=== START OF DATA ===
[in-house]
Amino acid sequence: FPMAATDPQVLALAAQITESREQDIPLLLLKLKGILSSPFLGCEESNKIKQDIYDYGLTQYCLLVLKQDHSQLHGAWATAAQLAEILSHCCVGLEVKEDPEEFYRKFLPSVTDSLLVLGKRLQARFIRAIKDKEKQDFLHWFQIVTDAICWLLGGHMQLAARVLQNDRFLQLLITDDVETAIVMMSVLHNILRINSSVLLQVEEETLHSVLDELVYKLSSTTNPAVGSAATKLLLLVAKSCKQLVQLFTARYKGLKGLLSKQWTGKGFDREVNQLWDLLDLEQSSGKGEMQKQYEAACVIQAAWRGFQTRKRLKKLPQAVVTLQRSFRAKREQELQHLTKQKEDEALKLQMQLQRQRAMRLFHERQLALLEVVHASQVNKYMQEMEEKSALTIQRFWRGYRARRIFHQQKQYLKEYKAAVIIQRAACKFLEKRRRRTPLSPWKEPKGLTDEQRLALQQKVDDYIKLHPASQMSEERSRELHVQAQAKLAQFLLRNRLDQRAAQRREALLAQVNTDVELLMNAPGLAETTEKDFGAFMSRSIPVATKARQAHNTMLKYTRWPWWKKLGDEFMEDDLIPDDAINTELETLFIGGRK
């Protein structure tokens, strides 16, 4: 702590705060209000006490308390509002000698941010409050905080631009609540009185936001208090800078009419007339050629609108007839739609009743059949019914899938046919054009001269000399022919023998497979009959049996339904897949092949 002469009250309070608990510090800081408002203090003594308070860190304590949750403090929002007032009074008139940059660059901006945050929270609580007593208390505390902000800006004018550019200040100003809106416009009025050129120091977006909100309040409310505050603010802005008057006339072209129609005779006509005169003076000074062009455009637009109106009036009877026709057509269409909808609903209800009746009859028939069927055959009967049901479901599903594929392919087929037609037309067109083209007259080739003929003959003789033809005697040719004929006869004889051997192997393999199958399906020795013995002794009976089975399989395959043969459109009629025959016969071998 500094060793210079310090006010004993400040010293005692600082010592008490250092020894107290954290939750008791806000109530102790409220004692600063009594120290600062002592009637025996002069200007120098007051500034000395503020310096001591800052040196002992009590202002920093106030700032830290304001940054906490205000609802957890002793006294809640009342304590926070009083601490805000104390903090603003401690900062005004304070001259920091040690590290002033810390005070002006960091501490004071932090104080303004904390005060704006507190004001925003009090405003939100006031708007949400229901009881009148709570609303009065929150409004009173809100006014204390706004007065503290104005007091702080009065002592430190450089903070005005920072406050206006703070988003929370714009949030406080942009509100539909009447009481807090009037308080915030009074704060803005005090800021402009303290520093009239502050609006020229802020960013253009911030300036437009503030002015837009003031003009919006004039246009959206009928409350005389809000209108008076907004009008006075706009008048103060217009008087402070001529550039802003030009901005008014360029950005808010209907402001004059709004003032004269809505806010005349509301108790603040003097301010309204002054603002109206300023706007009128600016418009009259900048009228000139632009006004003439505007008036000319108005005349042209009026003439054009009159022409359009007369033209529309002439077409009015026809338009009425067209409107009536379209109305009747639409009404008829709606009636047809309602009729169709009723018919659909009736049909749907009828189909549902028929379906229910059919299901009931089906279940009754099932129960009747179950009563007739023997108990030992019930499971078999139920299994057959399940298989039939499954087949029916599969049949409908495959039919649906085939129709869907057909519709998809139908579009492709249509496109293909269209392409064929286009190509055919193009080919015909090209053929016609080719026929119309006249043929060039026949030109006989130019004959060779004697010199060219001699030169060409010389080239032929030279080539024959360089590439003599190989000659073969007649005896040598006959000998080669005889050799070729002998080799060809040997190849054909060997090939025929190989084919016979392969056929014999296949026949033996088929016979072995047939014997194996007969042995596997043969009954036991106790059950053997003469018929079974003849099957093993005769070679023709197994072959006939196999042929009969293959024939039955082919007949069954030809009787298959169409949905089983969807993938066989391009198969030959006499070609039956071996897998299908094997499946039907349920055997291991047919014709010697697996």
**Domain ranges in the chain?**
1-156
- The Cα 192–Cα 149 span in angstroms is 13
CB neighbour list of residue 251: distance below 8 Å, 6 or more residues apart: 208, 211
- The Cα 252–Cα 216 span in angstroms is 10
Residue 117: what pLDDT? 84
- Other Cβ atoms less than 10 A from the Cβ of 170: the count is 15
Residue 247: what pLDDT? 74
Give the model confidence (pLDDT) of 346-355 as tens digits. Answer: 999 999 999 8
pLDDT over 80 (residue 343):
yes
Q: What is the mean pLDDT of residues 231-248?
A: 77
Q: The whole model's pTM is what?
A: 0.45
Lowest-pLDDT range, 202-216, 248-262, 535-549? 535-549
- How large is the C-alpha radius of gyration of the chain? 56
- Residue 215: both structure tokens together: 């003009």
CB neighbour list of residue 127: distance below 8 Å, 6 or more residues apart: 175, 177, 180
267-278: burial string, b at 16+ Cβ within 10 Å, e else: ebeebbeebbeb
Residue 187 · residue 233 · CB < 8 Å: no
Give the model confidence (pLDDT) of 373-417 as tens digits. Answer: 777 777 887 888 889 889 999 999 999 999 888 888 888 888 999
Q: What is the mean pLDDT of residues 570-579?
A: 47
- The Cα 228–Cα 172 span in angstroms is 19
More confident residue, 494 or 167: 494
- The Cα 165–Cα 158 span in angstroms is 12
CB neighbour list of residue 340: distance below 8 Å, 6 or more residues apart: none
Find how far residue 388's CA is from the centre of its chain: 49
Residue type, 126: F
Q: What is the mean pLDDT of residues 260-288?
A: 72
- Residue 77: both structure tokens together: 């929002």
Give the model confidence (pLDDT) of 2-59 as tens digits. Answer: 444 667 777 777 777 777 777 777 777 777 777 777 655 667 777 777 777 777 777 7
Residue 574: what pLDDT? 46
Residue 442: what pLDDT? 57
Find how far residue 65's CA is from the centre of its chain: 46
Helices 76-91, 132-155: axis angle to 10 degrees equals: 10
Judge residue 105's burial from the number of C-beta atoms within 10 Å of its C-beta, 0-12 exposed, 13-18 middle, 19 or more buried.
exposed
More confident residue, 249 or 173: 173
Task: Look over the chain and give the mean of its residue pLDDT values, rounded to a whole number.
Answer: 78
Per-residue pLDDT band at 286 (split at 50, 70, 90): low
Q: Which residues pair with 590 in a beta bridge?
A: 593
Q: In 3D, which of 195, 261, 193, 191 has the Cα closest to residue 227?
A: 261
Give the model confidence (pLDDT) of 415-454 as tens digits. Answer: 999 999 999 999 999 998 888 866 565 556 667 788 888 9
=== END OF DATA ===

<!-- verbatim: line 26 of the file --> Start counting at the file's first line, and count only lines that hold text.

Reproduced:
Q: What is the mean pLDDT of residues 570-579?